Copper Thieves Cause $50K in Damage, Disrupt Power Near Wallula
Pacific Power officials are working with the Walla Walla County Sheriff's department to find out who the people are that stole copper grounding wire from two substations near Wallula.
Authorities say the theft was discovered March 28th, at the substation located on Dodd road between Railex and and Sundance roads. A Pacific Power worker checking the area noticed the gate to the large substation was slightly open. He discovered the lock had been sawed through, and the thieves made off nearly all the copper ground wires at the facility.
It was repaired but at a cost of $50,000. Power to about 1,000 customers in that area East of Highway 12 also had to be cut off for 8 hours while new grounding was installed.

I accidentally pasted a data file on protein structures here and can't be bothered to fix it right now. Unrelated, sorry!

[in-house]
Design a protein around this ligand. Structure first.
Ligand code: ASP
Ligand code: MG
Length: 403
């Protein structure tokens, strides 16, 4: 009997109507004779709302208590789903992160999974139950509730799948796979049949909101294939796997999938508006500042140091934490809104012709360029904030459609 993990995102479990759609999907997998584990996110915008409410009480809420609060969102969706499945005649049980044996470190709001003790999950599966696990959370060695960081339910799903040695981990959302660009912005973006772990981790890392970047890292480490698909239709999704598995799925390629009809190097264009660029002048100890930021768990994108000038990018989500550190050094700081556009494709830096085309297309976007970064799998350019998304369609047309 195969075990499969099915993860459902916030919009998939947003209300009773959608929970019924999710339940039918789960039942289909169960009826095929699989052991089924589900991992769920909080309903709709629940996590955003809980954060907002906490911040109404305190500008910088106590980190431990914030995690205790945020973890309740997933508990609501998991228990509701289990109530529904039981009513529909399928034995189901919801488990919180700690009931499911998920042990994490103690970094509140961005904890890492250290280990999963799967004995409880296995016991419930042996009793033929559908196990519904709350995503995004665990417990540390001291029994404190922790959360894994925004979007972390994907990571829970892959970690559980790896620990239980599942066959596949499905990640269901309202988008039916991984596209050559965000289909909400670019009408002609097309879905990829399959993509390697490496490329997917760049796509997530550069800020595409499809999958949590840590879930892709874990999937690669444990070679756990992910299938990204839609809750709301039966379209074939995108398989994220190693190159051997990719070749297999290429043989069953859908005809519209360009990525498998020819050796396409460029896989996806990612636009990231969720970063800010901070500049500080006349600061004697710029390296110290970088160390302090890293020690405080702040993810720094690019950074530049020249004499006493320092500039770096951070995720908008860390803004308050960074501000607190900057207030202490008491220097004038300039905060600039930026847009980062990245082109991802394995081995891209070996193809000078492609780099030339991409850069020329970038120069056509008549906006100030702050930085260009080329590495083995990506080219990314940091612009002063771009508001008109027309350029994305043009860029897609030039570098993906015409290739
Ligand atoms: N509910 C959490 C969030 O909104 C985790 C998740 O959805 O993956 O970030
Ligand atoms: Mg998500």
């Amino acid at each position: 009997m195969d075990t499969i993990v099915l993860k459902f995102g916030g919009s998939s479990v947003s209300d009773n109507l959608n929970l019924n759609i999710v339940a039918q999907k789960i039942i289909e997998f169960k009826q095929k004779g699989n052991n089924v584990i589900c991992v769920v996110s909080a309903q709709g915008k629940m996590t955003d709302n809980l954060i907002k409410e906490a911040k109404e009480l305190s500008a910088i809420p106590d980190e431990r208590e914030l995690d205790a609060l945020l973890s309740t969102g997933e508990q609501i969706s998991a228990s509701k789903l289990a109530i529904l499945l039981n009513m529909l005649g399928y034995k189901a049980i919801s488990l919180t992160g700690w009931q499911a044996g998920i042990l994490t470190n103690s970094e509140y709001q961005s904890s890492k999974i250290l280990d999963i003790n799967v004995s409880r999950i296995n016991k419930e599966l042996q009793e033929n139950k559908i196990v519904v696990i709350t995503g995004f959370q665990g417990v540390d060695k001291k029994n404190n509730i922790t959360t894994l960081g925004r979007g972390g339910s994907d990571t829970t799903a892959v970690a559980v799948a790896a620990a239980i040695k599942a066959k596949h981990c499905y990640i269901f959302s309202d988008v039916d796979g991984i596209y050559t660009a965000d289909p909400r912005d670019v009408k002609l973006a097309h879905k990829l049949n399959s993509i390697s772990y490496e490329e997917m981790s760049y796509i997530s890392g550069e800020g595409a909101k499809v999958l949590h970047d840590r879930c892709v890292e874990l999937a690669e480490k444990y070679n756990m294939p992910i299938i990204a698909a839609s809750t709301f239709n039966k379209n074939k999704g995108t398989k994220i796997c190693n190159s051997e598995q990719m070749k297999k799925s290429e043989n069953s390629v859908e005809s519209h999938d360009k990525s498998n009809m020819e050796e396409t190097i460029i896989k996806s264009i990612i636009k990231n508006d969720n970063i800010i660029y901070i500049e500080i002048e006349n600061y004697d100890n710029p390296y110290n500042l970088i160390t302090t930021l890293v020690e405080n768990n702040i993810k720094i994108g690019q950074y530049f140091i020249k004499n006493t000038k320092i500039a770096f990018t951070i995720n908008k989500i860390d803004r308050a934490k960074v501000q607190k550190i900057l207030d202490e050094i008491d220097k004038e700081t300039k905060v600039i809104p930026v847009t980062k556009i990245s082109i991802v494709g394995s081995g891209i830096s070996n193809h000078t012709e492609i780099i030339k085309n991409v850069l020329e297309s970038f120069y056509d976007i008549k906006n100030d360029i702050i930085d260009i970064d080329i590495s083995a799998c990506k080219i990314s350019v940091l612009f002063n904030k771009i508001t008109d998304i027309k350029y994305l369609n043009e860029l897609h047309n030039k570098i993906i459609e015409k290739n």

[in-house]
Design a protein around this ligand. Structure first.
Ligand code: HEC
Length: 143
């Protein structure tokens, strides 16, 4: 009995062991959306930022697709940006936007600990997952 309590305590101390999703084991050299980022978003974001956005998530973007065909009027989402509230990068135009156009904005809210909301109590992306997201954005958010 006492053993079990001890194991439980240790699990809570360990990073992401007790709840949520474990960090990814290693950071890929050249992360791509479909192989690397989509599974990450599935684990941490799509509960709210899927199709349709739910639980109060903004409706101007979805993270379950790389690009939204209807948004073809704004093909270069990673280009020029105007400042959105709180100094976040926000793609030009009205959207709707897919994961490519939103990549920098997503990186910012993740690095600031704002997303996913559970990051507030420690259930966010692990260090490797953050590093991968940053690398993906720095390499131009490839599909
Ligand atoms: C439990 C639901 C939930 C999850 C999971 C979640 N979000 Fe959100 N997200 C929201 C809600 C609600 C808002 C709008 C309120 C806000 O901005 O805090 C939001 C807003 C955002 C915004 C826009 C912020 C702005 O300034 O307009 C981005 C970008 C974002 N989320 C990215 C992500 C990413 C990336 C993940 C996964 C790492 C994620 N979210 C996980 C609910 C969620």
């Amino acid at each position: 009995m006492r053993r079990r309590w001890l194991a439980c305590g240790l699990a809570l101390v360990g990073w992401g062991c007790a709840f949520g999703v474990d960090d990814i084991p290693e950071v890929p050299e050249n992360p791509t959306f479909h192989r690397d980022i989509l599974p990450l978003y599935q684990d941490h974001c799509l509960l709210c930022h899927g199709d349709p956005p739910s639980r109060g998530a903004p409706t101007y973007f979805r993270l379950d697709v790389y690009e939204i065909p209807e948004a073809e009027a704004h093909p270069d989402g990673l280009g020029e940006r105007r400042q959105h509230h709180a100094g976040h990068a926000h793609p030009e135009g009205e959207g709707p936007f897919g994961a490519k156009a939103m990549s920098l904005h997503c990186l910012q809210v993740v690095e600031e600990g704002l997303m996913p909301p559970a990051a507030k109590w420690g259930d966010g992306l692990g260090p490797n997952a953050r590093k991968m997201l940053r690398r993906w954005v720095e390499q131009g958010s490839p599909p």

Officials say it's one of the biggest thefts of the material in our region in years.
Then April 7th, workers discovered thieves also hit a second substation in the area, but didn't get away with enough copper ground wire to require any power shutdown. The total cost of those repairs has not yet been determined.
Pacific Power and Walla Walla County Sheriff's officials say not only will the culprits face likely felony charges, but could have killed themselves. Removing ground wires or any other equipment from a substation while the power is hot can result in hundreds of thousands of watts of power hitting the person or persons, it would fry them instantly.
Copper has become the prized material for recycling. While aluminum remains anywhere from $.25 to $.30 cents per pound for cans, and up to $.60 to $.75 cents a pound for siding and 'bulk' scrap, Copper is nearly ten times that.
The average price we found ranged from $2.50 to $2.60 per pound for copper. So if you steal 100 pounds of wire, you're in for at least a $250 payday.